4. Do not make your family’s problems or commitments a reason for taking time off. As long as you are entitled to the vacation time cite “personal reasons”. Saying that you have to take care of a sick child or go to a PTA meeting just reinforces the stereotype that women aren’t committed to their jobs.
  5. Make the effort to network. Become a member of a professional body or a company club. Attend the occasional meeting and make your presence visible. Women tend to be invisible at these forums, even when they attend.
  6. Build your presence online. Even if you have logistical constraints that limit your ability to network physically after office hours, you should be able to find the time to manage your LinkedIn, Facebook, and Twitter presence. An hour a day is all it takes for a bright professional woman to keep this going.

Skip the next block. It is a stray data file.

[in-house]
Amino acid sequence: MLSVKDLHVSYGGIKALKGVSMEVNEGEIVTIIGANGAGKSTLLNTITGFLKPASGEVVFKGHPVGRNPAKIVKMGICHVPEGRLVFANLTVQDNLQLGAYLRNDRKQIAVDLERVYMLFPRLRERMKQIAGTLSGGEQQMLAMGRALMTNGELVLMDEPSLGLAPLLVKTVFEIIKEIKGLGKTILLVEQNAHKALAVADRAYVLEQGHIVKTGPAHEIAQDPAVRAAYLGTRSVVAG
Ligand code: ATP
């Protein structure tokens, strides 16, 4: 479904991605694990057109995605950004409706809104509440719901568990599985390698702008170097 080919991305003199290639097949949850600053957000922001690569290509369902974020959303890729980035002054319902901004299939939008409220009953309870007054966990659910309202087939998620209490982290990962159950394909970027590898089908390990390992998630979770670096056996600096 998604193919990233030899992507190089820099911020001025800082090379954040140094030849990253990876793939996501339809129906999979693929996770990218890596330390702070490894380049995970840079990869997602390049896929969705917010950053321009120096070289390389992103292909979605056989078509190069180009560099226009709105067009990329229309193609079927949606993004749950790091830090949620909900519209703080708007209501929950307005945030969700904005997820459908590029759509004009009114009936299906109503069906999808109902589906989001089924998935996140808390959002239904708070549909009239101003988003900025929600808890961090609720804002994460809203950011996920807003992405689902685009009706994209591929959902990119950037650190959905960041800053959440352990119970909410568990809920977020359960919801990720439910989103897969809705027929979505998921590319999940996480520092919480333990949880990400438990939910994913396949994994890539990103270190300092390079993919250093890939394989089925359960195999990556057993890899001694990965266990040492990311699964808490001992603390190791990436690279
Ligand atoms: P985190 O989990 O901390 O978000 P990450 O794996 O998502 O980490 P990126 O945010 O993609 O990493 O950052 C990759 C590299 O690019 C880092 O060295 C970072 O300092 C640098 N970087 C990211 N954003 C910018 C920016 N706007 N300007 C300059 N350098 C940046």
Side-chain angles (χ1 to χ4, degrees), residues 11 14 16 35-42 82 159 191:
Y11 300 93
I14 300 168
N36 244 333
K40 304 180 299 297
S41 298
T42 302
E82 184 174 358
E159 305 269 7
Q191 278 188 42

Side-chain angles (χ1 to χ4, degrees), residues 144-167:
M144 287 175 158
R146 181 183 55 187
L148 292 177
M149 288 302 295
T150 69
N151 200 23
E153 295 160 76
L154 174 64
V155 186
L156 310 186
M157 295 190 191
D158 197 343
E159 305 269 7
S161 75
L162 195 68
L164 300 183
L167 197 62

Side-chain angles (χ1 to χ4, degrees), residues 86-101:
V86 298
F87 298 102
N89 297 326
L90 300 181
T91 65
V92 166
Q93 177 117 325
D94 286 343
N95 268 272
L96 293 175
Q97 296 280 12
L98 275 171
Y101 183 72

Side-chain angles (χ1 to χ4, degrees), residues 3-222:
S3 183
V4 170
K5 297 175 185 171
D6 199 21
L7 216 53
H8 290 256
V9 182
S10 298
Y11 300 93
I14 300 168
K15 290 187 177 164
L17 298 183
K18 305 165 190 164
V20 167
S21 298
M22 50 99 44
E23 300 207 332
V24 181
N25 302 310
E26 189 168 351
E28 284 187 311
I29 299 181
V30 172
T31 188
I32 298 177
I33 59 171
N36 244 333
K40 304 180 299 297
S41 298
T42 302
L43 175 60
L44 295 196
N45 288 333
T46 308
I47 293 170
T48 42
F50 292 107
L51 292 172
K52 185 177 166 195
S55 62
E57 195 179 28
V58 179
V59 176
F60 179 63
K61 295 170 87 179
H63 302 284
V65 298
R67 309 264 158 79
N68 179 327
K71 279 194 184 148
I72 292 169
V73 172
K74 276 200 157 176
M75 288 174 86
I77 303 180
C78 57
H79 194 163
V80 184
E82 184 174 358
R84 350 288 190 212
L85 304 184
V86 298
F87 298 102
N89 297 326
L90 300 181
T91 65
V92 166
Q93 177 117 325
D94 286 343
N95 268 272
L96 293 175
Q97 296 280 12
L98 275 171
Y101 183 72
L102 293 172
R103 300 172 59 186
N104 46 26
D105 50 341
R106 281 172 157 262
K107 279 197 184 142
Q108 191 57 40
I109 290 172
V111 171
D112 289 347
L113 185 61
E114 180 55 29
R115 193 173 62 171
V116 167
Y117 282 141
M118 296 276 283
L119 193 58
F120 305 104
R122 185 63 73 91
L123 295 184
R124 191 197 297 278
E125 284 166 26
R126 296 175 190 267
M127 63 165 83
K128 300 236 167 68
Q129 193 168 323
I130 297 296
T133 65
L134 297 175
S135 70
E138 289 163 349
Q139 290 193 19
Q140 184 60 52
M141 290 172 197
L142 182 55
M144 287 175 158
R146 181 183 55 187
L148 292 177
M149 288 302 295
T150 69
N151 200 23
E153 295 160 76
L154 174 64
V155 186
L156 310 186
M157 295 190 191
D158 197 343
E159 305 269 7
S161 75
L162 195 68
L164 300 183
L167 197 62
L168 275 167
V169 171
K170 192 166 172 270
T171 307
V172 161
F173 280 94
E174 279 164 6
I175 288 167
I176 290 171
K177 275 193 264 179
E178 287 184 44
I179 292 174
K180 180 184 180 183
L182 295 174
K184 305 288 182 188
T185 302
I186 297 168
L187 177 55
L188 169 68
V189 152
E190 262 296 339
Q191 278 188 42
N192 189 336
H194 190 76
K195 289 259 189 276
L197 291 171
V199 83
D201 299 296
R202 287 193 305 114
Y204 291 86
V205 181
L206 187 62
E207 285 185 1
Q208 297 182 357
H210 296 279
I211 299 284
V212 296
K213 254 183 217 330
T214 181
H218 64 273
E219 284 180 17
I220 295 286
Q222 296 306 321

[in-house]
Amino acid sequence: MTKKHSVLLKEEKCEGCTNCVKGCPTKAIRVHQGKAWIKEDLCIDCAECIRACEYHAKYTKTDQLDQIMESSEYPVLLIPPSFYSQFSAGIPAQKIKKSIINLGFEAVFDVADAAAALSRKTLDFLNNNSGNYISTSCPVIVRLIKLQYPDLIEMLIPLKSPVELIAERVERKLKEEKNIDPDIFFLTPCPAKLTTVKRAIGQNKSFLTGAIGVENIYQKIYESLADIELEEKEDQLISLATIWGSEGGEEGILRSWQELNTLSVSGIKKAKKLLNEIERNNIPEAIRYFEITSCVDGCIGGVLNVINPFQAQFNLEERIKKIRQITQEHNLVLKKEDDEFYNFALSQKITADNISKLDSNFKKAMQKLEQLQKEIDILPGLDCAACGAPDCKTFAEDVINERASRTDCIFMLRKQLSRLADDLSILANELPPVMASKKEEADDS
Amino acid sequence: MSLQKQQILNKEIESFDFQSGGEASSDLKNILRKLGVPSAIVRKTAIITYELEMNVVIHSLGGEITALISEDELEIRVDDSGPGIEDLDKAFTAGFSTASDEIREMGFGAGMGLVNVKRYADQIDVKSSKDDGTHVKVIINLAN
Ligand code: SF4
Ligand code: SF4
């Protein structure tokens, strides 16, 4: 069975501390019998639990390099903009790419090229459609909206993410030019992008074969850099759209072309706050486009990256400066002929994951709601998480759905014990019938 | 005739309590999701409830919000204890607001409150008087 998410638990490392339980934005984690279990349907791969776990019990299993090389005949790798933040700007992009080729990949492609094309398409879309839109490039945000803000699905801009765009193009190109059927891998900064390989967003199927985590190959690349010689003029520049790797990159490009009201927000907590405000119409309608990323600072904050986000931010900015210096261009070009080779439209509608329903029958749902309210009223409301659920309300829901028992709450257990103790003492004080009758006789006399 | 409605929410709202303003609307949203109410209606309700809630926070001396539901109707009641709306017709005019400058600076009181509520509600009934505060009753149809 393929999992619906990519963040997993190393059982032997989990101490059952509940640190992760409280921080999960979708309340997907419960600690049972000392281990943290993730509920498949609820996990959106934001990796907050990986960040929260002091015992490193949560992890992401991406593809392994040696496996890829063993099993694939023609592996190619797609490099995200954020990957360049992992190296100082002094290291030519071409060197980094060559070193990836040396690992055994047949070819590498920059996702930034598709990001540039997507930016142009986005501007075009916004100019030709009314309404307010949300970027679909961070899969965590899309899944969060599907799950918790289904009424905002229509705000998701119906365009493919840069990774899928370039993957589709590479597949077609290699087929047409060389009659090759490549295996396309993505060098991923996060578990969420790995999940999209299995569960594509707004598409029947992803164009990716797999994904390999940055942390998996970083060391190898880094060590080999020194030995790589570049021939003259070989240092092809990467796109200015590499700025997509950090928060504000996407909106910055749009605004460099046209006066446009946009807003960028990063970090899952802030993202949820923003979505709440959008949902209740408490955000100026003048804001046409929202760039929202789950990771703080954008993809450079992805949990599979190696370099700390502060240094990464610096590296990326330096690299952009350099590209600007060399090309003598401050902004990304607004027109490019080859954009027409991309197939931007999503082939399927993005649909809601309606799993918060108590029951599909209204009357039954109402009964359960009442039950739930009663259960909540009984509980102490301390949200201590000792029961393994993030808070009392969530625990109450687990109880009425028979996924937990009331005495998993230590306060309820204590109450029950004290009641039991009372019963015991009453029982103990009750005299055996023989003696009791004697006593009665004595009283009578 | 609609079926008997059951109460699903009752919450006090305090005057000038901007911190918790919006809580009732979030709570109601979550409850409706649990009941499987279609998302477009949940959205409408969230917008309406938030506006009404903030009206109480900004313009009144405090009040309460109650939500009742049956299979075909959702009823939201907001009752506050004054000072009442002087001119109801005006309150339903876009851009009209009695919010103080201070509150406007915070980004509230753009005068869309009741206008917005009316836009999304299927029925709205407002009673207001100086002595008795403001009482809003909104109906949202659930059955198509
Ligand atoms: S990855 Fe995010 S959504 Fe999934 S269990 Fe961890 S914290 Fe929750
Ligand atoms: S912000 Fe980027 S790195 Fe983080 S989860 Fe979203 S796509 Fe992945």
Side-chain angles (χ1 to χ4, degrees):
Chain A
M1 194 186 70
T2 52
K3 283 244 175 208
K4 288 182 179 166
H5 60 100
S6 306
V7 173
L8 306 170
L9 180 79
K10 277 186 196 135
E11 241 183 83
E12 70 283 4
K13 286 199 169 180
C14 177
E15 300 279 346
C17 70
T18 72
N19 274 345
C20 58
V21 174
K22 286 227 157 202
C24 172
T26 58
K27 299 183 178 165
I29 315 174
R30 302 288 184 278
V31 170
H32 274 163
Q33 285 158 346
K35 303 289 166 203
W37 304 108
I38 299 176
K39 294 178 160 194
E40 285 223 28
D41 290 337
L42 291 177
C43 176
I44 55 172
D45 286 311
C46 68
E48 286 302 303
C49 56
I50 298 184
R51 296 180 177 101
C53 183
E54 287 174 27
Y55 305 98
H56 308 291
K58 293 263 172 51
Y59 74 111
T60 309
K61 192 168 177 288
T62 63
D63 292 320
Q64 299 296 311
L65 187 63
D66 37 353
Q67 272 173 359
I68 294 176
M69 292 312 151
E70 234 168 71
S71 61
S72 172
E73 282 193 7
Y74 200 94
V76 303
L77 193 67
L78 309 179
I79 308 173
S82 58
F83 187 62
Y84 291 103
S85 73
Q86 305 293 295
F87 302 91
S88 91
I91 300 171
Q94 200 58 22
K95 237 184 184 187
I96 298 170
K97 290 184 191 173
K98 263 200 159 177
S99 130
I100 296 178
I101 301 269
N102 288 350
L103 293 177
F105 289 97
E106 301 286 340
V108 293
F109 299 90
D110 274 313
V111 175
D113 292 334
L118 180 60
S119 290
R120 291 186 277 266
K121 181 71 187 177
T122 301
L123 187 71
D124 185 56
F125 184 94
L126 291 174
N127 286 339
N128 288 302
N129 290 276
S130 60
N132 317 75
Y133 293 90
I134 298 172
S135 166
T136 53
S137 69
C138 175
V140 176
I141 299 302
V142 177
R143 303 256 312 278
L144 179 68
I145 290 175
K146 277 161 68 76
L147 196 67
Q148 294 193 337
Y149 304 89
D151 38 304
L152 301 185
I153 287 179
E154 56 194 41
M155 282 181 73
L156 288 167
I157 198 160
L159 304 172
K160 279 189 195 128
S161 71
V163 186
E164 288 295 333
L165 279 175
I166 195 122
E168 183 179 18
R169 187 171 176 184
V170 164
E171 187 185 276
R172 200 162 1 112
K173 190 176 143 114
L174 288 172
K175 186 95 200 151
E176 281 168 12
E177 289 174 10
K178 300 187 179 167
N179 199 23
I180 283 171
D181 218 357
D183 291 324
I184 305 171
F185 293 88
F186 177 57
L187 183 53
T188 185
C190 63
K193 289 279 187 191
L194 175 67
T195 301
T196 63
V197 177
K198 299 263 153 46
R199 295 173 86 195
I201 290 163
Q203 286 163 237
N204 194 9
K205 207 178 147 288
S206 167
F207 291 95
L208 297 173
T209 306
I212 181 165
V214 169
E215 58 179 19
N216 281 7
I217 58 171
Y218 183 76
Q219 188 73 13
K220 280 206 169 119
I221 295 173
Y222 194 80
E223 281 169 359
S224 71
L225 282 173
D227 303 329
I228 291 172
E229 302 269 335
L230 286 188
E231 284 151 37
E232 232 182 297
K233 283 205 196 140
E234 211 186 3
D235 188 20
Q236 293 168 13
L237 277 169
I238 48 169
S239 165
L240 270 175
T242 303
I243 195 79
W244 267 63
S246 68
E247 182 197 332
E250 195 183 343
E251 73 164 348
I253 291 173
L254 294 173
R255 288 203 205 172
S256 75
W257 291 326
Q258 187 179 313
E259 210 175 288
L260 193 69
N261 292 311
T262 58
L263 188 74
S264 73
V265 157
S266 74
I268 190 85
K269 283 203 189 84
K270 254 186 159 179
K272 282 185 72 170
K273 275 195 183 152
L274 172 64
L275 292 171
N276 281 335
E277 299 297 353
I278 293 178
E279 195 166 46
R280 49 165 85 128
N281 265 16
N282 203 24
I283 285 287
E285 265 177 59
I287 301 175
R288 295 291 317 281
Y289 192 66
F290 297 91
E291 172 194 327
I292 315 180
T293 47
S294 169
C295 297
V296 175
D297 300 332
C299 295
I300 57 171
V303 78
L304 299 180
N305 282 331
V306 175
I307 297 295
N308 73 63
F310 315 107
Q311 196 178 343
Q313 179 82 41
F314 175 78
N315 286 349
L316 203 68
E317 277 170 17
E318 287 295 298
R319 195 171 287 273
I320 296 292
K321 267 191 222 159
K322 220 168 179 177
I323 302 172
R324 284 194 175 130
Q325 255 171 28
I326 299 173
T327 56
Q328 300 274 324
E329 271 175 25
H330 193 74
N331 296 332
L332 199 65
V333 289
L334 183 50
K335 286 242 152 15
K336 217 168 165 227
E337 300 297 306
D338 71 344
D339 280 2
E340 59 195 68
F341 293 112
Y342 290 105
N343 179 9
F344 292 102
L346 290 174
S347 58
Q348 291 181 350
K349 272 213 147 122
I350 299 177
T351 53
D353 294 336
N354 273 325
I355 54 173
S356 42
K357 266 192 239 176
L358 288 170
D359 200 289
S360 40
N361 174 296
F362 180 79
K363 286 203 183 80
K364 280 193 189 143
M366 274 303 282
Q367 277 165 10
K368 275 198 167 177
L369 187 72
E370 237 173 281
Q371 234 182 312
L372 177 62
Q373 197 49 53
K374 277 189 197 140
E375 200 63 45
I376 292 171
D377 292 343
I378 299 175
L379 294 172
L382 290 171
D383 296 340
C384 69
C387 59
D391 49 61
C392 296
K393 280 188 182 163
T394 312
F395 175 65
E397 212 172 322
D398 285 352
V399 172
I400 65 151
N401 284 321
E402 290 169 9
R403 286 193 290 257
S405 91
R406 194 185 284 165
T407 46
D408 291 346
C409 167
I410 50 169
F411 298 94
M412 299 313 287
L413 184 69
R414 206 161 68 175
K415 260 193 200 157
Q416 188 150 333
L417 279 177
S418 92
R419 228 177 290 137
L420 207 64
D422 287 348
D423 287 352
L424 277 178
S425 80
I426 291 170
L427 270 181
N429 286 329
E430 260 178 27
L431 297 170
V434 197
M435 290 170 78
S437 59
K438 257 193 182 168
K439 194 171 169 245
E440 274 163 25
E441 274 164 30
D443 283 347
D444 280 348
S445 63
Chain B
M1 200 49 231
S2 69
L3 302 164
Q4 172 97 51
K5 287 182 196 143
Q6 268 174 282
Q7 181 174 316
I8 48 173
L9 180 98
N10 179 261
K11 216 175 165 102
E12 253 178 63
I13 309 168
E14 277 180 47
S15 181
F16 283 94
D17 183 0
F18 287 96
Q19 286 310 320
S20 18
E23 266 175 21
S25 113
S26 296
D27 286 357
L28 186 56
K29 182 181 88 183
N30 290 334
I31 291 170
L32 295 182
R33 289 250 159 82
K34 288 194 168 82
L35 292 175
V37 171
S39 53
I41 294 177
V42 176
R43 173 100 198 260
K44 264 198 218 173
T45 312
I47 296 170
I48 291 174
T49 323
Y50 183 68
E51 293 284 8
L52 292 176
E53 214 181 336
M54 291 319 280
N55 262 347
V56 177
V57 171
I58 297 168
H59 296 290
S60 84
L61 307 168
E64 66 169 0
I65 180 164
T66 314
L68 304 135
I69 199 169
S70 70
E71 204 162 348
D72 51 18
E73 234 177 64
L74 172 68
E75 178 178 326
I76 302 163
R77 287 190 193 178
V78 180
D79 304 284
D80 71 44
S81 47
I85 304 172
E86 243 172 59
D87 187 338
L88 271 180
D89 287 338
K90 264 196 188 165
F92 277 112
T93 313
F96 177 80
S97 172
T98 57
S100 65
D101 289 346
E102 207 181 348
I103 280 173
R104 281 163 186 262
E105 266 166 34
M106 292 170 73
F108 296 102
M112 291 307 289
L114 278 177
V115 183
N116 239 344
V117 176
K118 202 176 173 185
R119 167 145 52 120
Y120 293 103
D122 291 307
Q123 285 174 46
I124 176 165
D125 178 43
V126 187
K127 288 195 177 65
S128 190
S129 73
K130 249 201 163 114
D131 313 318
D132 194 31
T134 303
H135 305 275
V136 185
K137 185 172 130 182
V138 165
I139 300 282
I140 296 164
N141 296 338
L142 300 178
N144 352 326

7. If there is a successful woman in the company, see if she is willing to mentor you. Be careful in your approach - not all women take easily to the “sisterhood’ concept. But a little flattery is never misplaced :)
  8. Take care of your appearance and grooming. Yes, it does seem to matter more for women than for men. Create a “look” for yourself. It doesn’t have to be expensive - even jeans+kurtas+chappals can be a great trademark look if done stylishly.


And I am sorry if this post seems unpalatable to some. But I think if more of us followed these guidelines, our daughters might have a more level playing field. Of course there is lots of stuff that both genders must do for their brands beyond this - but that's the subject of another post!